(EXCLUSIVE): 'Bizarre Fish From the Abyssal Zone', But What Film is This Anyway? Trailer Premiere
'Bizarre Fish From the Abyssal Zone' (Bizarros Peixes das Fossas Abissais) by the Brazilian animation filmmaker Marcelo Marão ' is one of those films with strange titles that does not clarify the motto of the narrative. This does not translate to whether it is a good film or not, but it already creates a curiosity: But what film is this anyway?
Well, this question does not have an easy or objective answer - as is expected in the films of Marcelo Marão, probably the most important Brazilian animator of his generation, who premiered his first feature film at the Monstra Festival 2023, and was awarded in the Perspectives Category.
Thus, I will contextualize and discuss the film in temporal, social, and aesthetic-narrative terms, with directors' excerpts (in quotes) added.
'Bizarre Fish' is "weird" in the very conception of its production. As Marão explains, "The film had no script, no storyboard, and was made in the order of the scenes. It was defined throughout its production". It's absurd to imagine considering it is a feature film production in animation. However, the director chose this working premise. He equipped himself with a small group of friends and already known work partners: "They were people I trust". And he transformed his apartment in Copacabana into an animation studio.
The film was financed by Ancine - National Cinema Agency (Brazil) in 2015 and took 7 years of production from the financing approval, and 10 years from its original conception and idea. Its total budget was R$2,000,000.00, less than 400.000.00€. This is unthinkable for an animated feature film production. But it was only possible and achievable due to the team's joint effort of 10 people and Marão's other strategy: "I paid people with dignity, even more than some Brazilian studios. We were just three people animating the entire feature, but accumulating the functions of storyboard decoupage, character design, in-between, and sometimes even the backgrounds".
It took a lot of work. And despite family illness issues, two years of the pandemic, and work partners moving abroad, the 'Bizarre Fish' got off the drawing board. Yes, it was mostly animated on paper: "I prefer paper. I'm used to it". The other part was digitally animated, with brushes that mimic a pencil stroke. The entire film was digitally painted and edited.
We can consider that 'Bizarre Fish' had an experimental production, as it deviates from all the parameters and production models considered viable for a feature film. And not to mention the narrative, far from being an animation for children (and a very underdeveloped trend in Brazil).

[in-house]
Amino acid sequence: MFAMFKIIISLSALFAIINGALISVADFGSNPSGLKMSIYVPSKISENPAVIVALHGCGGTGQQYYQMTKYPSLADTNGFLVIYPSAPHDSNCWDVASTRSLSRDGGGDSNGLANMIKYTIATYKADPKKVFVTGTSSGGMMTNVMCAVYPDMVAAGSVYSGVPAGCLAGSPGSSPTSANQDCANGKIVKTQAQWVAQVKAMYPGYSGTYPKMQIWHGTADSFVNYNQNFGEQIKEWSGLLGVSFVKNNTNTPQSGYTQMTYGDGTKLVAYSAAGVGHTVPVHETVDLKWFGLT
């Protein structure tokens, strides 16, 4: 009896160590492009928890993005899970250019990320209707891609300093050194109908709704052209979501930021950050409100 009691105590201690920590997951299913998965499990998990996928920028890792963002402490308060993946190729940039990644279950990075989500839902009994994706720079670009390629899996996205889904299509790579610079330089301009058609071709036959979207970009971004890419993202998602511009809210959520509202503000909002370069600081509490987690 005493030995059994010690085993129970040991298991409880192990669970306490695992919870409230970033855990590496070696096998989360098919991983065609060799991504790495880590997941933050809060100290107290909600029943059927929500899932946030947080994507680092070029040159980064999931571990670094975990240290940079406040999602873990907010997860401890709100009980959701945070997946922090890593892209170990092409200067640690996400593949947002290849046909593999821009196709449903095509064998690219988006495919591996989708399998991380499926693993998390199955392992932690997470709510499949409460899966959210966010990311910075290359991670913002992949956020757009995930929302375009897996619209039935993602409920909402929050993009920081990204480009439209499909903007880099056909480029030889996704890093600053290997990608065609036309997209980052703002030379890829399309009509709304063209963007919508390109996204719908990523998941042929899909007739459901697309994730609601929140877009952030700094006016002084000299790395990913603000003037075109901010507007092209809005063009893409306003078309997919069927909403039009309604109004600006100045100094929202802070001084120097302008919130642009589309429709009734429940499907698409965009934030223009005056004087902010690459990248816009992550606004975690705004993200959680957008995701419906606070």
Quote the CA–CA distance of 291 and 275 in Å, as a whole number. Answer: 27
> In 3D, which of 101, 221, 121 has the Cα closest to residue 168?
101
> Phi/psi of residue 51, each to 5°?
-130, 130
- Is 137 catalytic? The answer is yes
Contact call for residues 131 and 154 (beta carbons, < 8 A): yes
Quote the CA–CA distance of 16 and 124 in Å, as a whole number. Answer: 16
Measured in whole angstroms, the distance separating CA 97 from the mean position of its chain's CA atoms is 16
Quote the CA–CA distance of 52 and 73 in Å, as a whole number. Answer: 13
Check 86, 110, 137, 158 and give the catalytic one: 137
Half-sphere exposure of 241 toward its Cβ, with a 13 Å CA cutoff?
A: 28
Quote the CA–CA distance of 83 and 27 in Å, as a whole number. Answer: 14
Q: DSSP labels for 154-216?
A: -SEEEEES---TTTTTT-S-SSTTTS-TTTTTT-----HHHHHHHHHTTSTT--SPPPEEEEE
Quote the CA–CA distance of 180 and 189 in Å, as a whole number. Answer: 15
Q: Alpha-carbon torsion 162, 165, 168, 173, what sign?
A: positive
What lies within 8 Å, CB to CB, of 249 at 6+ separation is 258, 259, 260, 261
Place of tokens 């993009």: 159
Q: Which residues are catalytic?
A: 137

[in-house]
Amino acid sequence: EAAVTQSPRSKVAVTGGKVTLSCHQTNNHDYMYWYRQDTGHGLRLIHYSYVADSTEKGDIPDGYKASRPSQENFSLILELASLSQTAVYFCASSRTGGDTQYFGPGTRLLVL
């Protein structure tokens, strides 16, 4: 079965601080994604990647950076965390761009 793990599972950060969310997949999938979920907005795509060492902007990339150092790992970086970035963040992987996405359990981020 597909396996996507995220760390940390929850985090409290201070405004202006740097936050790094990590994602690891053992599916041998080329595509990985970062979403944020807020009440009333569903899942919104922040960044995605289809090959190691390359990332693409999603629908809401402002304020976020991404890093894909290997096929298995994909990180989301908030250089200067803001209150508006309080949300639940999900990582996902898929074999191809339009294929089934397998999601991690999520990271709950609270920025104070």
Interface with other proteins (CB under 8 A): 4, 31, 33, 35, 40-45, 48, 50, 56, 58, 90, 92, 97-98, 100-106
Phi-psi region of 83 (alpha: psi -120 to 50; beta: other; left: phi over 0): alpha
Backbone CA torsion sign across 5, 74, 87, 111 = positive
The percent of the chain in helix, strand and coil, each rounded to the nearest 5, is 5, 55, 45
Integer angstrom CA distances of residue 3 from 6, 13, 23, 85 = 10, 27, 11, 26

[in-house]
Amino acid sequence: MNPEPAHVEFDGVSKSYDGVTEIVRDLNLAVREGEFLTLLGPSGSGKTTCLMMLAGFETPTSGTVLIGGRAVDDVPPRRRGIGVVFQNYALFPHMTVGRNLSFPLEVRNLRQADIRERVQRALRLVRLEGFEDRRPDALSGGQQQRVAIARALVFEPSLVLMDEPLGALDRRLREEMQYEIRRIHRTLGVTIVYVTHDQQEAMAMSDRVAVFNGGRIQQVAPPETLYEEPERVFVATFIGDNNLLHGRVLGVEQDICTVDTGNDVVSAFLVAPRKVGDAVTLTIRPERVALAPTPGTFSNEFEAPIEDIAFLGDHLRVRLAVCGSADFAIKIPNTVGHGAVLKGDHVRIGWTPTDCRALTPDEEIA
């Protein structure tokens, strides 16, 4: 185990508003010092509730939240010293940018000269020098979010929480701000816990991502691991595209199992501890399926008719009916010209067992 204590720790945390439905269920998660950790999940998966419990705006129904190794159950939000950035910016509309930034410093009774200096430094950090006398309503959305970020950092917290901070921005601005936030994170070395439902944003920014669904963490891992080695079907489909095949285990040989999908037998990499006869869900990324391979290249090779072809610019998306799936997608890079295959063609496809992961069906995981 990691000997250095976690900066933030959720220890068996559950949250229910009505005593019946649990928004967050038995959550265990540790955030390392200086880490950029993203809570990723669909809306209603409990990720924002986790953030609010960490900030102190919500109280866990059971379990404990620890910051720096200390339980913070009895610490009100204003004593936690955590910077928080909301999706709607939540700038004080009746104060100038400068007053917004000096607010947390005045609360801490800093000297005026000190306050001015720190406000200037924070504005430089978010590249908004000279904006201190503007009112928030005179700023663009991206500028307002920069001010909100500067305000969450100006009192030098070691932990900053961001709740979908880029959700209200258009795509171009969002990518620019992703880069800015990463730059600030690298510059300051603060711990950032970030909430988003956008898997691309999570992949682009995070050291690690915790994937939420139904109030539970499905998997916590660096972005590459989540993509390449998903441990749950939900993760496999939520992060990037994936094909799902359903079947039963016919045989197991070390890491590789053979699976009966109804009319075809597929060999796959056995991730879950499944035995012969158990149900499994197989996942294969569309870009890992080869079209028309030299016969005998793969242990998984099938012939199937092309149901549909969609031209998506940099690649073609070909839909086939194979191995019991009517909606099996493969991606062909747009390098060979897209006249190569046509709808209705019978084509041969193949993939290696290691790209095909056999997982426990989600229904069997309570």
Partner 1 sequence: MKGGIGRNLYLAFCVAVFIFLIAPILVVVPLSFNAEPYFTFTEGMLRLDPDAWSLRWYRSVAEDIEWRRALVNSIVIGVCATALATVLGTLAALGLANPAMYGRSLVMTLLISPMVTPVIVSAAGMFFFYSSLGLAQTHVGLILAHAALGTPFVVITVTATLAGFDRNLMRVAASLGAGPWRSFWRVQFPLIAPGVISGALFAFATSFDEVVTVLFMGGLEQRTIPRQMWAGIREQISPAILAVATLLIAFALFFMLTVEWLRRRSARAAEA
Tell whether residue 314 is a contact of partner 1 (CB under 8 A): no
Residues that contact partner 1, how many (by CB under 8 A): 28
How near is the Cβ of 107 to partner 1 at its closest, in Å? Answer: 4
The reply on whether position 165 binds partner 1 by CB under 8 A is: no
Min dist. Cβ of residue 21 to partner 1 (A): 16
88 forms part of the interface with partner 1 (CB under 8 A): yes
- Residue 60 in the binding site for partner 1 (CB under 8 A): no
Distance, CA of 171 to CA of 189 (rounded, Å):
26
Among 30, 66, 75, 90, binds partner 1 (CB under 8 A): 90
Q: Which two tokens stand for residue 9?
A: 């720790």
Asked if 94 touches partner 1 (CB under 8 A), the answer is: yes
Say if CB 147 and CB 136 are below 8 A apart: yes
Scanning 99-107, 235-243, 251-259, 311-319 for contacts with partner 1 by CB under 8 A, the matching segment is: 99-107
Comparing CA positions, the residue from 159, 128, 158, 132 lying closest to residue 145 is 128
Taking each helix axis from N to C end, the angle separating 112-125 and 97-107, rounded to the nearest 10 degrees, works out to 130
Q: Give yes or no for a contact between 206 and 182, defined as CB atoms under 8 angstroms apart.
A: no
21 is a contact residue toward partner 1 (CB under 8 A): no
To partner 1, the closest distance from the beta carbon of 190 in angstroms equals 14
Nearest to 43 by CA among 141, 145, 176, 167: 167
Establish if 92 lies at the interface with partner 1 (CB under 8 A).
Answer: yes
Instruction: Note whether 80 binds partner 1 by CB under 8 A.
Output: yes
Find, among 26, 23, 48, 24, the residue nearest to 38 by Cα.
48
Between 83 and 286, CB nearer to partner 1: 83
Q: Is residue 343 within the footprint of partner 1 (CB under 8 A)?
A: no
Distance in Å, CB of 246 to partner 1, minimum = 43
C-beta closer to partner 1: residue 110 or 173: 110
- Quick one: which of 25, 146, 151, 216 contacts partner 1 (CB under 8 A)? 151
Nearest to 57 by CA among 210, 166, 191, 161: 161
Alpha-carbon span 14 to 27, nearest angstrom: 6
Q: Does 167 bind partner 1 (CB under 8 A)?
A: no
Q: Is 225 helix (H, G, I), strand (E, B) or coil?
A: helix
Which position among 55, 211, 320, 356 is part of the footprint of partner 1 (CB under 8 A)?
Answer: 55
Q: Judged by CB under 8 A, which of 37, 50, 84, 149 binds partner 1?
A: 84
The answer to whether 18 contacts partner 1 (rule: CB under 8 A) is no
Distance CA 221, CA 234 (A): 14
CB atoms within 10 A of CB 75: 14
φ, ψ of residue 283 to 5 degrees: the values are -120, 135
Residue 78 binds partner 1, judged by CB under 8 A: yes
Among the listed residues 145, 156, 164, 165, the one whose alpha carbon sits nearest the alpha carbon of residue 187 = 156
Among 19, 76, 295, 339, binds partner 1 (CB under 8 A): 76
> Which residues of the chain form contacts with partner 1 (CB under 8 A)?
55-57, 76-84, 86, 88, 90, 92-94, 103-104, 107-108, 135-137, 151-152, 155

The official synopsis of the film does not enlighten us about the story, which only begins to be understood towards the end of the film's first third (no spoilers ahead).
A woman with bizarre superpowers, a turtle with obsessive-compulsive disorder, and a cloud with urinary incontinence on an unusual journey to the ocean's depths- Film Synopsis.
Oddly enough, that's what the story presents, but it's not what it's about: a woman ("the adult") with a butt that turns into a gorilla (who manages to eat two thousand square meters of grass to prevent a city from being destroyed). She befriends a small turtle ("the father") who has OCD and a cloud ("the child") with a platonic crush on the woman, and who cannot control his power to do to rain. Marão explains: "Conceptually, it is a road movie with the simple and basic structure of Joseph Campbell's hero's journey so I could have fun with countless nonsense situations where I could animate crazy and hallucinatory scenes".
This unusual group continues its journey from Rio de Janeiro and Nilópolis (Marão's birthplace) through the State of São Paulo (Brazil) countryside to the depths of the abyssal trenches, searching for a plant. On this journey, they fight against extraterrestrial rhinoceros and fish monsters that try to stop their quest.
Watch the 'Bizarre Fish From the Abyssal Zone' trailer:
At certain moments the film recalls the surrealism of Estonian films; when, for example, the pores of the heroine's skin turn into a thousand cows. Or because part of the story takes place in a castle in Serbia -which, let's face it, is strange for a Brazilian production. Yet in this way, the director manages to keep the public's attention through this unusual narrative, which in the end reveals the relationships between the 'loose" scenes of the film. Clarifying itself to the public as an emotional film shows the importance of memories and personal relationships.